Thursday, September 3rd, 2020

Baton Rouge, Louisiana


 Our illustrious state Board of Elementary and Secondary Education in Louisiana has just released a startling report.  Over 25% of students, some 179,000 throughout the state, have no internet access.  Yet the vast majority of school districts teach a good part of the week virtually over the internet.  There are some 403,000 households that have no internet connection.

This is apparently brand new news.  At lease to the state Board of Education.  Have the members been living in a cave or on a desert island?  Is this Board just waking up to the fact that internet connectivity is a basic component for any student today?  I wrote a column back in May of 2012 (found a describing how important internet availability was for any child to adequately learn in the 21st century.  So 12 years later, our education board is discovering the necessity of a student’s ability to have web access.

What so few elected officials seem to grasp is the fact that the lack of internet access is widening the educational gap between the haves and the have nots.  Kids in homes without internet access are continuing to fall behind as the web becomes an increasingly essential educational tool. Students with internet availability at home have a significant homework and general learning advantage over the child who has no such access.

In my home state of Louisiana, the legislature just completed its regular 60-day session.  Even though Louisiana continues to rank at the bottom of most educational attainment lists, the words “internet access” were not spoken once by any state official during the session. The internet today is every bit as important as telephones were 50 years ago.  Back then, having a telephone was looked on as a right.  Today access to the internet is considered a privilege in many states — yet the lack of internet access it is the single biggest obstacle preventing less fortunate kids from competing.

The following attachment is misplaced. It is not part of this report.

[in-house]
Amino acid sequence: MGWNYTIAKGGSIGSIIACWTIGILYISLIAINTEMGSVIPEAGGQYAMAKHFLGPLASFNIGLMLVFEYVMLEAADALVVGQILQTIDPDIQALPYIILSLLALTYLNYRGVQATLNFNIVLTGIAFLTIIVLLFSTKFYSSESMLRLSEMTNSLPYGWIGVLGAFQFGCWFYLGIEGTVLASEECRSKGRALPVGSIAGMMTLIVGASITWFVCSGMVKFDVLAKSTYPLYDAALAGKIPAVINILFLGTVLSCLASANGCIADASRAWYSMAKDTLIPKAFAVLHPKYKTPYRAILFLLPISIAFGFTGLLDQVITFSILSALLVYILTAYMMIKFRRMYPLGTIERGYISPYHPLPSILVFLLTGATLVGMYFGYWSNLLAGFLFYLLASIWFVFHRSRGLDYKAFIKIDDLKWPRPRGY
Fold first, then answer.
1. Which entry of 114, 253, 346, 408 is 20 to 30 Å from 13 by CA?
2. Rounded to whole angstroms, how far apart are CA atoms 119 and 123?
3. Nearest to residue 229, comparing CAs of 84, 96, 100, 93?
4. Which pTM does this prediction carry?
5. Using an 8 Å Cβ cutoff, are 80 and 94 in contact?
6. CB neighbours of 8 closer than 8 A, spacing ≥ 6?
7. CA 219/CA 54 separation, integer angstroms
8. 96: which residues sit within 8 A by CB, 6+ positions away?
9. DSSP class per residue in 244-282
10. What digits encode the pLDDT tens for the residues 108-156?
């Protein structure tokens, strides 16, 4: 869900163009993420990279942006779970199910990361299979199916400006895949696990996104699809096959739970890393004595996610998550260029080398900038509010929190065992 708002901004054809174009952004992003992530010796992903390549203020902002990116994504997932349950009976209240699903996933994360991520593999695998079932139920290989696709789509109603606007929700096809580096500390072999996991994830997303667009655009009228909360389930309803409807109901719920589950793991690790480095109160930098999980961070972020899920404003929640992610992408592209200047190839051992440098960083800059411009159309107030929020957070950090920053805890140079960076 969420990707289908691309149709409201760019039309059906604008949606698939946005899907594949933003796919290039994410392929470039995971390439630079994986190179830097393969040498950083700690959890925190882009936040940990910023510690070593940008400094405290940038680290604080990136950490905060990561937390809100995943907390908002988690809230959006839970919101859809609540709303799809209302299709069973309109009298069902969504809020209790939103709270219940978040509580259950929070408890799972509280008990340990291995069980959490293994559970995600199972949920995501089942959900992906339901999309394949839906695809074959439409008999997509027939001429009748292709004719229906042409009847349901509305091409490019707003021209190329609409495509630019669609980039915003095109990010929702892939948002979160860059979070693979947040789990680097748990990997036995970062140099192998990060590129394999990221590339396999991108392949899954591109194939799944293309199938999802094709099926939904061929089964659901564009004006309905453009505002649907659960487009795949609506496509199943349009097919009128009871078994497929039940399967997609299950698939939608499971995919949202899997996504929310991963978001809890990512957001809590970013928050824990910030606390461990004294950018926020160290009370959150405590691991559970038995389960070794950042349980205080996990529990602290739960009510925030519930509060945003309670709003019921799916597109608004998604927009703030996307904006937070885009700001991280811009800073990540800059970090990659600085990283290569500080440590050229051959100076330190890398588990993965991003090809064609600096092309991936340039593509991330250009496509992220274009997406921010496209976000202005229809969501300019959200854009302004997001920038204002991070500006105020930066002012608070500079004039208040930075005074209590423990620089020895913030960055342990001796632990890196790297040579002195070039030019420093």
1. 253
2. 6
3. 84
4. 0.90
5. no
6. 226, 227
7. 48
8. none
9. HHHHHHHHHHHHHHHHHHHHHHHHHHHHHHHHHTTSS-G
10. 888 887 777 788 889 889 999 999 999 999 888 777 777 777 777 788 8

In a number of progressive school districts around the country, computers track each student’s performance. If a kid gets a “D” or “F” on a test, the school’s computer generates an email to inform the parents so they can act accordingly. Modern educational strategies include seeing that every elementary school student has a computer. In India, innovative school leaders are making $35 touch screen tablet computers available to students, and many businesses are helping to fund such programs.

Computers have become a necessary way of life all over the world. But the advantage of having a computer is severely limited if access to the web is not available. The U.S. is the only industrialized country in the world that doesn’t have a national policy to promote high speed broadband. A number of European countries are making the web available to all of its citizens. The Supreme Court in France recently ruled that internet access is a basic right, and there is a push at the United Nations to do the same. Finland recently became the first country to actually declare broadband Internet access a legal right.

Here’s the point.  Our legislature spends months, even years, talking about testing teachers, abolishing school boards, and new ways to grade students. But none of these issues are nearly as important as ensuring that all students have the tools necessary to be competitive.

Internet availability has become not just another way to learn. It has become a critical component in the learning process. And when some kids have it, and others do not, the attainment divide continues to grow. Some kids prosper, others lag behind. Until our politicians realize this, the U.S., and particularly my home state of Louisiana will be little more than a third world nation when it comes to providing competitive learning opportunities.

Without round-the-clock internet access, over one third of our kids will drift further behind, and a large part of Louisiana’s population will become functionally illiterate.  Our kids, and our state as a whole, deserve better.

Peace and Justice

Jim Brown

Jim Brown’s syndicated column appears each week in numerous newspapers throughout the nation and on websites worldwide. You can read all his past columns and see continuing updates at


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